Walter Scott Prize for Historical Fiction: Shortlist Announced

The shortlist for the £25,000 Walter Scott Prize for historical fiction was announced today by the Duke of Buccleuch, at the launch of the Borders Book Festival programme in Melrose.  With settings ranging from pre-revolutionary France to the Wild West of the 1850s, via two World Wars, the shortlist of six books was chosen by a new panel of judges from novels published during 2011.

The star-studded shortlist of authors is:

On Canaan’s Side by Sebastian Barry (see Guardian review here)

The Sisters Brothers by Patrick de Witt (shortlisted for the Man Booker prize and winner of Canada’s Governor General’s Literary Award)

Half Blood Blues by Esi Edugyan (Edugyan and de Witt were finalists in the Man Booker and Governor General’s Literary Award; she has also been longlisted for the 2012 Orange Prize for Fiction)

The Stranger’s Child by Alan Hollinghurst (Guardian review)

Pure by Andrew Miller (Costa prize winner)

The Quality of Mercy by Barry Unsworth (brilliant sequel to his 1992 Booker prize-winning novel, Sacred Hungerreview in NYTimes)

 The books are by authors from Ireland, Canada and England, and cover such diverse subjects as the jazz age in Nazi-occupied Europe, slavery in the English coalmines, and the closure of a cemetery in 18th-century Paris.  The Walter Scott Prize, founded in 2009, is the largest annual UK prize to be judged outside London, and honours the legacy and achievements of Sir Walter Scott, founder of the historical novel.

 The judging panel for the Walter Scott Prize this year included new judges Kirsty Wark, Professor Louise Richardson, and Jonathan Tweedie, who joined existing judges Elizabeth Laird and Elizabeth Buccleuch, and chair Alistair Moffat.  The judges’ criteria include originality and innovation, quality of writing, and the ability of a book to shed light on the present as well as the past.  The judging panel described making a very difficult choice from ‘the strongest longlist for the Prize so far’.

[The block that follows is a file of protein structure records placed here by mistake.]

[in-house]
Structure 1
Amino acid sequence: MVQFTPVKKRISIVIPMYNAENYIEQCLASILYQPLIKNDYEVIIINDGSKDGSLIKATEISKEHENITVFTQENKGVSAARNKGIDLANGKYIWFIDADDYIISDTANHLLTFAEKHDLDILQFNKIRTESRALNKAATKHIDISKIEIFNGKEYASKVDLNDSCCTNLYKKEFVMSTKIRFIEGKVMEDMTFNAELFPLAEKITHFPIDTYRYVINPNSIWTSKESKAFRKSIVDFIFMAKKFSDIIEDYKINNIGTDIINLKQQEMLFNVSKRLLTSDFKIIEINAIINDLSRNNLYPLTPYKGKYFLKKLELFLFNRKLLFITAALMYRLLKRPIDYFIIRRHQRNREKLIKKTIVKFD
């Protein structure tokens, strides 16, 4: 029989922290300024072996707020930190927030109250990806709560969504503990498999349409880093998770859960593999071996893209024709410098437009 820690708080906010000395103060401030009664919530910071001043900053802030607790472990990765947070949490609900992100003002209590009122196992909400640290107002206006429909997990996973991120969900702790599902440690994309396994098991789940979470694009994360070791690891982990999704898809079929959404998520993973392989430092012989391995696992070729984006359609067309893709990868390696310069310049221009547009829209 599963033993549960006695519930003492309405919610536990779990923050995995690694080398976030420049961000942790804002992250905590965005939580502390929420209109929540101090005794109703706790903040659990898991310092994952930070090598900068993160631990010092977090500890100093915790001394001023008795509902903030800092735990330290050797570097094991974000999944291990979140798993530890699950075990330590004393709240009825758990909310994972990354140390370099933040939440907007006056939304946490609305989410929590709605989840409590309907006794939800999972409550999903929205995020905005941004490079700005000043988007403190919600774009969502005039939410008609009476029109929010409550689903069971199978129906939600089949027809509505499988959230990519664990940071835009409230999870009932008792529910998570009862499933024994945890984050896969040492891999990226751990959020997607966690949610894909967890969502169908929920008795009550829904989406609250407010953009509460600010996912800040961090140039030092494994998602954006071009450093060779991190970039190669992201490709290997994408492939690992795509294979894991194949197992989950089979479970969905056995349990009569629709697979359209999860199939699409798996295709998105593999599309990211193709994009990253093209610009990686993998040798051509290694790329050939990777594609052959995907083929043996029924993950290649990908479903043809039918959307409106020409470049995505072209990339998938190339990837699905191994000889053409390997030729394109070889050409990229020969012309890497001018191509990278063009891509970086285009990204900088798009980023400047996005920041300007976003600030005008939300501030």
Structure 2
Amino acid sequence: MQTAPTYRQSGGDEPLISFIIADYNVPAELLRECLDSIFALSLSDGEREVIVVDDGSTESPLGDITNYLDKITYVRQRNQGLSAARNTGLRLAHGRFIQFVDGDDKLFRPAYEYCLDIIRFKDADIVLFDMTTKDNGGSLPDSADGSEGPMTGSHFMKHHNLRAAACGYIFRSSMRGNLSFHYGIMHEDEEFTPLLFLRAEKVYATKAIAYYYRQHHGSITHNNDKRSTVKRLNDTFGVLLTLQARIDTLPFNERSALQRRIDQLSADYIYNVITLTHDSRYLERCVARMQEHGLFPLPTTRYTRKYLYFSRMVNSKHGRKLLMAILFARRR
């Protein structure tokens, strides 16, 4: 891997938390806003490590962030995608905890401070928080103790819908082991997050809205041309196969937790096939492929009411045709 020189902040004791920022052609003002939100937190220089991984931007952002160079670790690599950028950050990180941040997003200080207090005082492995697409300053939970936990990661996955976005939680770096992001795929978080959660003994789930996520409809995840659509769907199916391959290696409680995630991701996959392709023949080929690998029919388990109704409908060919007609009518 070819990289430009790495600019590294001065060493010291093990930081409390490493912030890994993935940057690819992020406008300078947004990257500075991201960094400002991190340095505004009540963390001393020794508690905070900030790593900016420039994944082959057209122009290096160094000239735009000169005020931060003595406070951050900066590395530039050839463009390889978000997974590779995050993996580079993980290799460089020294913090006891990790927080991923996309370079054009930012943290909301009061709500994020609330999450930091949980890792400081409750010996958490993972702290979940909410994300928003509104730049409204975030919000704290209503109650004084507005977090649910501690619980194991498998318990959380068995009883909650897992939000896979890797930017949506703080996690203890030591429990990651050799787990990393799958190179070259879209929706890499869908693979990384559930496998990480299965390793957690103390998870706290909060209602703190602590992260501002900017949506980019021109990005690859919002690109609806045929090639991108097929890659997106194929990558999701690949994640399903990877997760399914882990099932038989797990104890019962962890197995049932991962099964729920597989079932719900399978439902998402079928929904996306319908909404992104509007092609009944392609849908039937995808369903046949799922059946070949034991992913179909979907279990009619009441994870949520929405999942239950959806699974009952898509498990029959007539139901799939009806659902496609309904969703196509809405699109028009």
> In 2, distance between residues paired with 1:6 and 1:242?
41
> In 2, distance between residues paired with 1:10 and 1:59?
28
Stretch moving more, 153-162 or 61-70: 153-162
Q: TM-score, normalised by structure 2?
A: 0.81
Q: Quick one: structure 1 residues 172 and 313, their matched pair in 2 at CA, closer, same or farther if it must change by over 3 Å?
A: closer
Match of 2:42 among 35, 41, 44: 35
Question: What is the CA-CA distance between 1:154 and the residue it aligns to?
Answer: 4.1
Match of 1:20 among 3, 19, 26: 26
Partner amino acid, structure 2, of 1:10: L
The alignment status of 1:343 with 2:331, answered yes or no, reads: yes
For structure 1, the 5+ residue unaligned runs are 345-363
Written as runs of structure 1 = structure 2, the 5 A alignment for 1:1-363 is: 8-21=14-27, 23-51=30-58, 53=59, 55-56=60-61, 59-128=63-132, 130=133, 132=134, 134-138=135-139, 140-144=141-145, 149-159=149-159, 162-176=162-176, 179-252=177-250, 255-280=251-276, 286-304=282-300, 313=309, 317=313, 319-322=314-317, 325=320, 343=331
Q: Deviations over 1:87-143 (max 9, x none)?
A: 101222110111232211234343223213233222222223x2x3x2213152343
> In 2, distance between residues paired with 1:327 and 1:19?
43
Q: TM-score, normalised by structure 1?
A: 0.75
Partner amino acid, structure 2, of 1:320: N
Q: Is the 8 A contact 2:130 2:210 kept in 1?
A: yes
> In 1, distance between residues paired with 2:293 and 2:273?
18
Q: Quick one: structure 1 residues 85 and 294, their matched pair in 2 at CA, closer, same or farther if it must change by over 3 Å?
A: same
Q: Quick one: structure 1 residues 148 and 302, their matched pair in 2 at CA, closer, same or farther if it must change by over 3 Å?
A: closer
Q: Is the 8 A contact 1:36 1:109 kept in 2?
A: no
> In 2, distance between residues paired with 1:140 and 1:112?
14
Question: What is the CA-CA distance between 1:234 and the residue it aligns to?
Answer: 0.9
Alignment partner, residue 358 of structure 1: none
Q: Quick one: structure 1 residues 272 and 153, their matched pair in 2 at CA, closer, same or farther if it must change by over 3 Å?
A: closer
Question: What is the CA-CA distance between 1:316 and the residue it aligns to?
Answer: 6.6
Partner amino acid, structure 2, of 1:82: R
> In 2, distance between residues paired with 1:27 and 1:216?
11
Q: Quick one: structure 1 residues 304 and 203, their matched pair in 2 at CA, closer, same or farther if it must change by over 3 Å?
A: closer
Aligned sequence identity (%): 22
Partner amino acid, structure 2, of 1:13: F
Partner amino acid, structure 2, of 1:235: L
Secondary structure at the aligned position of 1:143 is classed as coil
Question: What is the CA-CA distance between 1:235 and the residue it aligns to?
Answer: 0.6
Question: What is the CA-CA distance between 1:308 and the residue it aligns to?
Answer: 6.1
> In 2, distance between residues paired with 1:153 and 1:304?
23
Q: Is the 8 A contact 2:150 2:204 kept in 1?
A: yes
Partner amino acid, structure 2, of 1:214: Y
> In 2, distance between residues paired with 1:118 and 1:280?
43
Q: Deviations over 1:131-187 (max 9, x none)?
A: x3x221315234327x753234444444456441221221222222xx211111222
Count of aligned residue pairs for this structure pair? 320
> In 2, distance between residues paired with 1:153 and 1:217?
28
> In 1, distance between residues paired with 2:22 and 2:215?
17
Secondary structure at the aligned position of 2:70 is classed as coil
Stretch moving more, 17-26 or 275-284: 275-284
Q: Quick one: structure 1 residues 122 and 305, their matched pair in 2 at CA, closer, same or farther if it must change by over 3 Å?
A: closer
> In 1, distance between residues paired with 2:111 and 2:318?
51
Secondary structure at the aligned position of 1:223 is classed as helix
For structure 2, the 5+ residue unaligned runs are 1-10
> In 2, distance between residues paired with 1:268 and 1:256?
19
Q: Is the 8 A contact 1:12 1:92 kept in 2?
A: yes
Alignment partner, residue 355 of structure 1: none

Also announced today, a new sponsorship deal with Jura Single Malt Whisky means that each of the shortlisted authors, as part of their prize, will have the opportunity to stay for a week in the exclusive Writer’s Retreat on the Hebridean Isle of Jura, sample the award-winning whisky and write a short story inspired by their stay.  This will be the first time writers of historical fiction have made use of the retreat.

Shortlisted authors are invited to attend the award announcement and ceremony on 16th June, which is a public event as part of the Borders Book Festival in Melrose, and which will include exclusive readings from the works by the actor John Sessions, and a presentation by former prizewinner Hilary Mantel.

The Judges said of the shortlisted books:

On Canaan’s Side by Sebastian Barry

‘This is a real historical novel, writing that reeks of the period.  The simplicity of the writing belies a deep empathy and understanding of his subject and characters’

 The Sisters Brothers by Patrick de Witt

A tremendously enjoyable story, with really valuable historical detail as well as dark humour’

Half Blood Blues by Esi Edugyuan

‘Illuminates a corner of history as yet unilluminated, with emotions that almost become characters in their own right’

 The Stranger’s Child by Alan Hollinghurst

You cannot help relishing the elegance of his writing and the quality of the prose’

 Pure by Andrew Miller

A wholly unexpected story, richly imagined and beautifully structured’

 The Quality of Mercy by Barry Unsworth

‘A terrific story which successfully knits political, historical and personal strand’

About Lucy Byatt

I'm a translator, from Italian into English. I also teach Italian Renaissance history and write.
This entry was posted in book reviews, Cultural history, historical fiction, reading and tagged , , , , . Bookmark the permalink.

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